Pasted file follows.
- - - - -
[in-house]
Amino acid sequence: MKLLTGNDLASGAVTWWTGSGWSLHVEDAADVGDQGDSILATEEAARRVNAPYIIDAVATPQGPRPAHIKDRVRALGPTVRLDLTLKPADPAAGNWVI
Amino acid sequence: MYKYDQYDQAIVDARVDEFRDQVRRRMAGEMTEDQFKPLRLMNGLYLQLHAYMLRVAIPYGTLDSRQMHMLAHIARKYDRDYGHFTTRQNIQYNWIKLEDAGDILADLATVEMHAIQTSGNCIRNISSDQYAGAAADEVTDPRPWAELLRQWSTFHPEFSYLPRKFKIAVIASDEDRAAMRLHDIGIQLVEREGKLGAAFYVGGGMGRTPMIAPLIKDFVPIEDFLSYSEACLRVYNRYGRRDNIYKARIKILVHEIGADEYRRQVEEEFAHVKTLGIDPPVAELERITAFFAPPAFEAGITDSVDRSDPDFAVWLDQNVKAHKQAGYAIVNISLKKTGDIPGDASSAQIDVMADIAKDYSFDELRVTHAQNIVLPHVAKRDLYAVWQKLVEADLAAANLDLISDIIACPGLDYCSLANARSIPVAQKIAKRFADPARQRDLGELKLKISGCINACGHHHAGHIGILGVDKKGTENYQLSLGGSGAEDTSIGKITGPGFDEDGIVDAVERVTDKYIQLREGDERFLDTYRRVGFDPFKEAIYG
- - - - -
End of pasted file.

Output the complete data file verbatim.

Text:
[in-house]
Amino acid sequence: MKLLTGNDLASGAVTWWTGSGWSLHVEDAADVGDQGDSILATEEAARRVNAPYIIDAVATPQGPRPAHIKDRVRALGPTVRLDLTLKPADPAAGNWVI
Amino acid sequence: MYKYDQYDQAIVDARVDEFRDQVRRRMAGEMTEDQFKPLRLMNGLYLQLHAYMLRVAIPYGTLDSRQMHMLAHIARKYDRDYGHFTTRQNIQYNWIKLEDAGDILADLATVEMHAIQTSGNCIRNISSDQYAGAAADEVTDPRPWAELLRQWSTFHPEFSYLPRKFKIAVIASDEDRAAMRLHDIGIQLVEREGKLGAAFYVGGGMGRTPMIAPLIKDFVPIEDFLSYSEACLRVYNRYGRRDNIYKARIKILVHEIGADEYRRQVEEEFAHVKTLGIDPPVAELERITAFFAPPAFEAGITDSVDRSDPDFAVWLDQNVKAHKQAGYAIVNISLKKTGDIPGDASSAQIDVMADIAKDYSFDELRVTHAQNIVLPHVAKRDLYAVWQKLVEADLAAANLDLISDIIACPGLDYCSLANARSIPVAQKIAKRFADPARQRDLGELKLKISGCINACGHHHAGHIGILGVDKKGTENYQLSLGGSGAEDTSIGKITGPGFDEDGIVDAVERVTDKYIQLREGDERFLDTYRRVGFDPFKEAIYG